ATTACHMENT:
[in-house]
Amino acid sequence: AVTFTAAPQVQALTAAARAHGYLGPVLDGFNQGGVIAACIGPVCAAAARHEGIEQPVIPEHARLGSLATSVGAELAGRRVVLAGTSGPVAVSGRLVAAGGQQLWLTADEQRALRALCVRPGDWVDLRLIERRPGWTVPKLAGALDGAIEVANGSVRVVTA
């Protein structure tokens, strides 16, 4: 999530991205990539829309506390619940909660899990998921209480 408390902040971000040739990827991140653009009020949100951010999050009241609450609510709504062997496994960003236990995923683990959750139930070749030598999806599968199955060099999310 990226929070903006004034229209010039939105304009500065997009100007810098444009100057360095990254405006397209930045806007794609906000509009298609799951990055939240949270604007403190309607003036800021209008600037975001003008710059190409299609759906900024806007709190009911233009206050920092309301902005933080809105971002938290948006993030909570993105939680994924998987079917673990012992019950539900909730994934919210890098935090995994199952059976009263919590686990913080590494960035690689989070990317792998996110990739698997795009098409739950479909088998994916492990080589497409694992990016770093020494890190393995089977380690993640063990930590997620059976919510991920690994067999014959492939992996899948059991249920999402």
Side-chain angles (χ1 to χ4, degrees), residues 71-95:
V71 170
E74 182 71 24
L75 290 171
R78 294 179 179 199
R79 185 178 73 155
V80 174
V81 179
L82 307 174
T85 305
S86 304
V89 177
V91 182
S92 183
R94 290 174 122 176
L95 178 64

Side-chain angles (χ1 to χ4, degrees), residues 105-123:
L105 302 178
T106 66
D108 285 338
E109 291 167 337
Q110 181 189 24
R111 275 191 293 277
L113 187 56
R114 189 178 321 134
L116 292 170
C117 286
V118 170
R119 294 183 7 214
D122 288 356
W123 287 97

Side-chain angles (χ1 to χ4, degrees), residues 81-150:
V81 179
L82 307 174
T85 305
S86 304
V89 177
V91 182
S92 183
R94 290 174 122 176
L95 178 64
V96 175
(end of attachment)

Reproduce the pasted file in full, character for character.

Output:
[in-house]
Amino acid sequence: AVTFTAAPQVQALTAAARAHGYLGPVLDGFNQGGVIAACIGPVCAAAARHEGIEQPVIPEHARLGSLATSVGAELAGRRVVLAGTSGPVAVSGRLVAAGGQQLWLTADEQRALRALCVRPGDWVDLRLIERRPGWTVPKLAGALDGAIEVANGSVRVVTA
């Protein structure tokens, strides 16, 4: 999530991205990539829309506390619940909660899990998921209480 408390902040971000040739990827991140653009009020949100951010999050009241609450609510709504062997496994960003236990995923683990959750139930070749030598999806599968199955060099999310 990226929070903006004034229209010039939105304009500065997009100007810098444009100057360095990254405006397209930045806007794609906000509009298609799951990055939240949270604007403190309607003036800021209008600037975001003008710059190409299609759906900024806007709190009911233009206050920092309301902005933080809105971002938290948006993030909570993105939680994924998987079917673990012992019950539900909730994934919210890098935090995994199952059976009263919590686990913080590494960035690689989070990317792998996110990739698997795009098409739950479909088998994916492990080589497409694992990016770093020494890190393995089977380690993640063990930590997620059976919510991920690994067999014959492939992996899948059991249920999402």
Side-chain angles (χ1 to χ4, degrees), residues 71-95:
V71 170
E74 182 71 24
L75 290 171
R78 294 179 179 199
R79 185 178 73 155
V80 174
V81 179
L82 307 174
T85 305
S86 304
V89 177
V91 182
S92 183
R94 290 174 122 176
L95 178 64

Side-chain angles (χ1 to χ4, degrees), residues 105-123:
L105 302 178
T106 66
D108 285 338
E109 291 167 337
Q110 181 189 24
R111 275 191 293 277
L113 187 56
R114 189 178 321 134
L116 292 170
C117 286
V118 170
R119 294 183 7 214
D122 288 356
W123 287 97

Side-chain angles (χ1 to χ4, degrees), residues 81-150:
V81 179
L82 307 174
T85 305
S86 304
V89 177
V91 182
S92 183
R94 290 174 122 176
L95 178 64
V96 175